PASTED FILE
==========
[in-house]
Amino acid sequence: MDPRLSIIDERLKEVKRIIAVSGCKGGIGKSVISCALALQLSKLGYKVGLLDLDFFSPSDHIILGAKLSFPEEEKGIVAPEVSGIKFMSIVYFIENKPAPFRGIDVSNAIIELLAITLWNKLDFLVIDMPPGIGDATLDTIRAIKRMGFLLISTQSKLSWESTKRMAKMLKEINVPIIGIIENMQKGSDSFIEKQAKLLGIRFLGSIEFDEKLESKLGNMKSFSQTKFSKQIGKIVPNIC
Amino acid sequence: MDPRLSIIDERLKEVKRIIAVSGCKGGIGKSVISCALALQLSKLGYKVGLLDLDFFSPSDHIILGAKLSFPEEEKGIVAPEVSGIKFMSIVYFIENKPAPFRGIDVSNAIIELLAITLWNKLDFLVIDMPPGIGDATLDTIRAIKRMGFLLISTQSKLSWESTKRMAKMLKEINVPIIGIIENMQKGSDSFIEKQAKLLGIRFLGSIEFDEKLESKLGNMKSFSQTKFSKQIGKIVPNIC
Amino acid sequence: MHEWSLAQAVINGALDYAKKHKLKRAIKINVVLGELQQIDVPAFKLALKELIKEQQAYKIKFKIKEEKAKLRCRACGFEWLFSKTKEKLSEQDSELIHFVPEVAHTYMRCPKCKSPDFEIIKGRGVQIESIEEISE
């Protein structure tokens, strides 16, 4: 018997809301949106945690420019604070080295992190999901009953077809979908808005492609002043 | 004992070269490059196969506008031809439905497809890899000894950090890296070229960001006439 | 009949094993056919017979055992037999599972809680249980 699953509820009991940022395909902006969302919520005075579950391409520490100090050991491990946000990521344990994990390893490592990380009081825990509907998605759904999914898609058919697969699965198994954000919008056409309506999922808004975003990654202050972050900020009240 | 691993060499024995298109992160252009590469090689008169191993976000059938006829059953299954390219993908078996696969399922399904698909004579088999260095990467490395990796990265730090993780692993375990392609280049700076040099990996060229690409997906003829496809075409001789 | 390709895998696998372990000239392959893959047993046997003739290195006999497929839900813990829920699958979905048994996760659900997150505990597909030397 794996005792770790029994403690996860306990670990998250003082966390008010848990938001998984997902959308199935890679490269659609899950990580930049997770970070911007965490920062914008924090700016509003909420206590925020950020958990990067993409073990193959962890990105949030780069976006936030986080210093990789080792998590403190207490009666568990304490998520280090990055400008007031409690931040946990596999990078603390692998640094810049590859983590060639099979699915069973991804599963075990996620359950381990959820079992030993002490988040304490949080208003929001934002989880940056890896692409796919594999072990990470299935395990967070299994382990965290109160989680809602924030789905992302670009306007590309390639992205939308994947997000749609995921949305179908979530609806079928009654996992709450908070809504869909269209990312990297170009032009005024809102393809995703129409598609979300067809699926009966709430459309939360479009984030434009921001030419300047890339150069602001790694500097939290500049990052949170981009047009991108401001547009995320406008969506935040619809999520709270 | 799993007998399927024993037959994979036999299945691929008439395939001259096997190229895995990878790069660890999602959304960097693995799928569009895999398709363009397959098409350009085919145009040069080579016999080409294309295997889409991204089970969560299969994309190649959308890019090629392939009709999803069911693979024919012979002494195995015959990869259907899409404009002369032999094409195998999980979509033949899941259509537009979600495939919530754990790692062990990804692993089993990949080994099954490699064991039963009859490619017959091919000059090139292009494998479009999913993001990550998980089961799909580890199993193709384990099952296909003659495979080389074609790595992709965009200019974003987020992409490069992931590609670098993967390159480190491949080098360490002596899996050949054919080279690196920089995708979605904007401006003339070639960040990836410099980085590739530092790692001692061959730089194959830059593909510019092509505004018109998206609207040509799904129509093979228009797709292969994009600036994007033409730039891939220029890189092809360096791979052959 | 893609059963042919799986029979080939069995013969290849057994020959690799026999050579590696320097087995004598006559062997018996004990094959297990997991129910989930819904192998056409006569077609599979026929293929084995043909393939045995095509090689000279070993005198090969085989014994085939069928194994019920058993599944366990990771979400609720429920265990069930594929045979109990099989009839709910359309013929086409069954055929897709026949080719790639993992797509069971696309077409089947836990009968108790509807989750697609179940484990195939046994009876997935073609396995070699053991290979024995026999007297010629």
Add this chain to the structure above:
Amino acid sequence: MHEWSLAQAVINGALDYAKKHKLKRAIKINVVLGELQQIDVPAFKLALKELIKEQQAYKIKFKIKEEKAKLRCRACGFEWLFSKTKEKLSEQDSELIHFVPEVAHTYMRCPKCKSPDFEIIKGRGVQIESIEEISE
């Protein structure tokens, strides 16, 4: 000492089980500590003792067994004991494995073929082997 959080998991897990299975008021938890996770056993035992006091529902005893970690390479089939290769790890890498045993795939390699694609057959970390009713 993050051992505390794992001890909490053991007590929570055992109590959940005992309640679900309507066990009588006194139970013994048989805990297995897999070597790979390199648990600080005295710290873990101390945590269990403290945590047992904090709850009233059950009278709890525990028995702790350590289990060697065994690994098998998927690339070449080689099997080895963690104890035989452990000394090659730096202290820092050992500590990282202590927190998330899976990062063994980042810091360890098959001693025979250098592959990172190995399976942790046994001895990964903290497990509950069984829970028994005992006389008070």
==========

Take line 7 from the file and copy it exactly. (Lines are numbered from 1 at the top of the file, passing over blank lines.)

Amino acid sequence: MHEWSLAQAVINGALDYAKKHKLKRAIKINVVLGELQQIDVPAFKLALKELIKEQQAYKIKFKIKEEKAKLRCRACGFEWLFSKTKEKLSEQDSELIHFVPEVAHTYMRCPKCKSPDFEIIKGRGVQIESIEEISE